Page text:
2. Have eco-friendly product selections 

Stock sustainable alternatives for as many products as you can in your front end. Patients may pay a little more for cleaning supplies that don’t have harsh chemicals. From cosmetics to cleaning supplies, look for products that have hypoallergenic ingredients, uses recycled materials, and won’t harm the environment if they are thrown away. 

Don’t only think about the products themselves, but also the packaging. Ditch products that use single-use plastics for products with compostable or biodegradable packaging. 

Locally made products can also appeal to eco-conscious patients. They are inherently better for the environment because they incur fewer transportation costs to get from the manufacturer to pharmacy shelves.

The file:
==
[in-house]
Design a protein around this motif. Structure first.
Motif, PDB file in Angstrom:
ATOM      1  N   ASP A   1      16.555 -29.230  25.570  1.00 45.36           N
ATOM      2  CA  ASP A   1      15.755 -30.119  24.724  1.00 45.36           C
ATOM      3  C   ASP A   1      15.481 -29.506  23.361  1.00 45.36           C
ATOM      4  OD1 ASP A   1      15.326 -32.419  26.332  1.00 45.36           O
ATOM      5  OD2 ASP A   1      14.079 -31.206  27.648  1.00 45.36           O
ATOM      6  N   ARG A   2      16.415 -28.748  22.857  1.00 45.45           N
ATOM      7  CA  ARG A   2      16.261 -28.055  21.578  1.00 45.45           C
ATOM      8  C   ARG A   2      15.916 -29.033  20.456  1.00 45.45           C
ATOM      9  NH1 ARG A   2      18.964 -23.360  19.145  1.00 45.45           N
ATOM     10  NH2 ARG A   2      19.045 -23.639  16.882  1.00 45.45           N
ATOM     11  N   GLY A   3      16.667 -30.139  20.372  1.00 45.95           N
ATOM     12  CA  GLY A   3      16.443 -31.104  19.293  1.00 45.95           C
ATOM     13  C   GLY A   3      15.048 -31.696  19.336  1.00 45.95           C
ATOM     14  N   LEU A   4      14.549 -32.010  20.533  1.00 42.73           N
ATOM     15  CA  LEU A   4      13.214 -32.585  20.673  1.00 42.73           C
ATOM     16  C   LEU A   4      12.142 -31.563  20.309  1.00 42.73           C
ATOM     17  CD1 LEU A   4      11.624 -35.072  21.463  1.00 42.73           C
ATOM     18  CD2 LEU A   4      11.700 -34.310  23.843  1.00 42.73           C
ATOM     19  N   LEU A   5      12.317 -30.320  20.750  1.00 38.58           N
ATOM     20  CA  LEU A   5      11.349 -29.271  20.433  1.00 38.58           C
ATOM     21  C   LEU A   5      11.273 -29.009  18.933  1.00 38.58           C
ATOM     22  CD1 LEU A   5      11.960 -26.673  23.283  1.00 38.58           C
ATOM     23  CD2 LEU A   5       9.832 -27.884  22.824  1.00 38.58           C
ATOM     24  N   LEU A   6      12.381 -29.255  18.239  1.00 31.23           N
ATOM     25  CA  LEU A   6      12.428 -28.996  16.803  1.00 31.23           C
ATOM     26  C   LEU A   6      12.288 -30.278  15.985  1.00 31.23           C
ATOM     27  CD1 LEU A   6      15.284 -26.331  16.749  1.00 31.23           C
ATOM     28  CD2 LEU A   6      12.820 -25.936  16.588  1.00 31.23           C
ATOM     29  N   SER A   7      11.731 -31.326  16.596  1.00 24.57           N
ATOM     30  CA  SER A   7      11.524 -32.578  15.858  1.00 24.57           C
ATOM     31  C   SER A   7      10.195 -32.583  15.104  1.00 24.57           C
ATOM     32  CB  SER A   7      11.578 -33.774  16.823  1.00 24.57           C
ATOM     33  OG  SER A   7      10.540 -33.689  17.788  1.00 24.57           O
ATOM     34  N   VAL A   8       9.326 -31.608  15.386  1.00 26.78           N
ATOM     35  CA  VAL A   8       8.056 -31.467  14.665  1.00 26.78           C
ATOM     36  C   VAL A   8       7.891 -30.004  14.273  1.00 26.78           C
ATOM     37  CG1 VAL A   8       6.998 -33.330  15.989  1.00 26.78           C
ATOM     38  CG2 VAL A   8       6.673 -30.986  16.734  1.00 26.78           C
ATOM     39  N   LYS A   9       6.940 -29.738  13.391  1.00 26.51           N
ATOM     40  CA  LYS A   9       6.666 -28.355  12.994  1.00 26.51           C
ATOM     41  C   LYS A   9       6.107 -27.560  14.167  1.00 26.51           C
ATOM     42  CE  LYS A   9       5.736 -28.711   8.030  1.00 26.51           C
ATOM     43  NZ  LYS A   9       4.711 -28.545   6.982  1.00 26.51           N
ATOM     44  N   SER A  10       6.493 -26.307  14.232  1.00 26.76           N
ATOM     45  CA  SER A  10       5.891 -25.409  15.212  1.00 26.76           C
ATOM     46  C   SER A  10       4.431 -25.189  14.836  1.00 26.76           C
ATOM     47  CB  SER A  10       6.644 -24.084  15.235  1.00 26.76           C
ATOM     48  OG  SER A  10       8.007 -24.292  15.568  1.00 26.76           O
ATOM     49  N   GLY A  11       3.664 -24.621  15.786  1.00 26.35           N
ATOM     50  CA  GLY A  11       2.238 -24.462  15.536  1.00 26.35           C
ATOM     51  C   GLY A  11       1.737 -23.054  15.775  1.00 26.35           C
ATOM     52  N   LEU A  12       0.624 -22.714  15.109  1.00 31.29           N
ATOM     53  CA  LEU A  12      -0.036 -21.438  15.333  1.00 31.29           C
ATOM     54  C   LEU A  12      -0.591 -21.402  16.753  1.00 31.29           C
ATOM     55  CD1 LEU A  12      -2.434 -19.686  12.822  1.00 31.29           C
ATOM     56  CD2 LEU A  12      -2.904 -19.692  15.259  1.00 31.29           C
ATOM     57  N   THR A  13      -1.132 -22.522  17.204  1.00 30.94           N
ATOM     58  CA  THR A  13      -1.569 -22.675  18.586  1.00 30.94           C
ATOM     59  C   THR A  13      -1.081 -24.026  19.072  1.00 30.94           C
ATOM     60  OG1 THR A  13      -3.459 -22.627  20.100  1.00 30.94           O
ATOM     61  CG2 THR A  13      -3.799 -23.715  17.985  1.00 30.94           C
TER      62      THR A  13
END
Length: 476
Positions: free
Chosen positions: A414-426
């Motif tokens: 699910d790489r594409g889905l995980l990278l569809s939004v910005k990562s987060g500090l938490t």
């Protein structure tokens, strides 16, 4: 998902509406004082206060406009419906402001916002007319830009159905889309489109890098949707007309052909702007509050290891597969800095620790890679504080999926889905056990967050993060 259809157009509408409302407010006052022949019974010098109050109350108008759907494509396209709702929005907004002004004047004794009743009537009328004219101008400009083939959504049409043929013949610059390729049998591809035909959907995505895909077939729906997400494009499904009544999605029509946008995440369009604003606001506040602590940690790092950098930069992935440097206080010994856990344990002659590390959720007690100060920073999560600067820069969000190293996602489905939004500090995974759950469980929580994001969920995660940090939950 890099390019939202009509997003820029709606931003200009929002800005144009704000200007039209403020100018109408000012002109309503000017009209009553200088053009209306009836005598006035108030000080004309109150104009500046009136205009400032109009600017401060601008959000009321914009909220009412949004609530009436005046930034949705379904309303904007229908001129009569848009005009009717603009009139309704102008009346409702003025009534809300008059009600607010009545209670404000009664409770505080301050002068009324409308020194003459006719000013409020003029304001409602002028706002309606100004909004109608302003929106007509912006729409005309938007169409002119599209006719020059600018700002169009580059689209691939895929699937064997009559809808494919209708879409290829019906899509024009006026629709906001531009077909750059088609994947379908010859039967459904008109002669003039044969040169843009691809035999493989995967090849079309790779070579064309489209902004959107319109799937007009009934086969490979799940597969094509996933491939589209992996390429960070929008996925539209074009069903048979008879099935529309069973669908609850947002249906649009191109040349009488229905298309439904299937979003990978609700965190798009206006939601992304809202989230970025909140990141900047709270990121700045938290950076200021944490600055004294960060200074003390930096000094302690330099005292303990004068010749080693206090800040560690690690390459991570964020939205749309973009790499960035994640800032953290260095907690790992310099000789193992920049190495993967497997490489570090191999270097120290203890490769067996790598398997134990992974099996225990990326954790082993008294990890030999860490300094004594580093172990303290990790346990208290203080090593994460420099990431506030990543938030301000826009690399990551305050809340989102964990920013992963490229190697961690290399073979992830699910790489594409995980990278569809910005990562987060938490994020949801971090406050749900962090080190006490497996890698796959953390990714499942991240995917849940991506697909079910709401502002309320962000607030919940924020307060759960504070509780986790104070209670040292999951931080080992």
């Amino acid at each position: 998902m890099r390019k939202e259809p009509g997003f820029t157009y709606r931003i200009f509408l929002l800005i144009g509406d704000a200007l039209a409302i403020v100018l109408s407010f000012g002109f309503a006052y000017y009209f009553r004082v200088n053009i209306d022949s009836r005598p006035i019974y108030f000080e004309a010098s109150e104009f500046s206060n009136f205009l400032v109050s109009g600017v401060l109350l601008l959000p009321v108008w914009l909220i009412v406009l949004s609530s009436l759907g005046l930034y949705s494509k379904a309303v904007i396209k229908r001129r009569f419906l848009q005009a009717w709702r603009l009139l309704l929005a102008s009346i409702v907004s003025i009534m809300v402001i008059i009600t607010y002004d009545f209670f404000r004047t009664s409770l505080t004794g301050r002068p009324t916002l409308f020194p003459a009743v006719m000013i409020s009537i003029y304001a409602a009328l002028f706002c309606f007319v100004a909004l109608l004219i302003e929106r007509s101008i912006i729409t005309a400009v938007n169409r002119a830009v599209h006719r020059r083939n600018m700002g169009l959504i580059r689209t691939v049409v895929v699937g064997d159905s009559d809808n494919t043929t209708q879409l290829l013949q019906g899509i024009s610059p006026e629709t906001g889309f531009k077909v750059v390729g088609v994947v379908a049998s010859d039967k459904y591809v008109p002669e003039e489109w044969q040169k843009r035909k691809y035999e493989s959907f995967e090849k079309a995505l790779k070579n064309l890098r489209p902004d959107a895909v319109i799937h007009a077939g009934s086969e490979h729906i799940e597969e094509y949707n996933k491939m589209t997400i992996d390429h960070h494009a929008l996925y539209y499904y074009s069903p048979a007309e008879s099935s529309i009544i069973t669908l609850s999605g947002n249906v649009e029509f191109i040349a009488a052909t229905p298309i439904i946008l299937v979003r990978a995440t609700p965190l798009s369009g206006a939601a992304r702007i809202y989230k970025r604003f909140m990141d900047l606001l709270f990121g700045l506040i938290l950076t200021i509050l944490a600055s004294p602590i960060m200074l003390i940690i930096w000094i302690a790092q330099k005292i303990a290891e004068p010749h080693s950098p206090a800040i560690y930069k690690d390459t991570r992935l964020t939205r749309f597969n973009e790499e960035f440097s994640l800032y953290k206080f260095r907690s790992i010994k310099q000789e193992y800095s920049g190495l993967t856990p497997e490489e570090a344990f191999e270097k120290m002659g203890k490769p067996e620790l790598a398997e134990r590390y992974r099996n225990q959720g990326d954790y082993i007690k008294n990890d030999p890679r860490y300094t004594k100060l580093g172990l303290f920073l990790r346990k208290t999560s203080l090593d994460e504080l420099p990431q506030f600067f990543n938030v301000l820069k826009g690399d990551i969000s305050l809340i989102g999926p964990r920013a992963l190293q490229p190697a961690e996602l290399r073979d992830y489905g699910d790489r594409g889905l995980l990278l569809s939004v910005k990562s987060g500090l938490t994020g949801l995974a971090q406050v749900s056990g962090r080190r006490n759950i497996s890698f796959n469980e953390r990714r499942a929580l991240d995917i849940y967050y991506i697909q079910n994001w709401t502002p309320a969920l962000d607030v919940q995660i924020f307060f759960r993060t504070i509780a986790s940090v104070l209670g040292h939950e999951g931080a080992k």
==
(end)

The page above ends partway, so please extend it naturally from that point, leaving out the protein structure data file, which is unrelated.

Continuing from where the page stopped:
Draw attention to your line of sustainable products by using shelf-talkers comparing them to the traditional, non-sustainable options. 

3. Offer higher quality, lasting options 

Products don’t have to be specifically marketed as sustainable to appeal to the eco-friendly crowd. A recent survey from McKinsey found that among German and UK consumers, 65 percent wanted to buy products that are high quality and will last a long time. 

Instead of pushing your lowest-priced items, showcase options that patients can invest in. Some patients may only want to spend $30 on the cheapest hairdryer, but others will be willing to spend $100 on an upgraded version because they know it will last them for many years to come. 

4. Make upgrades (and brag about them)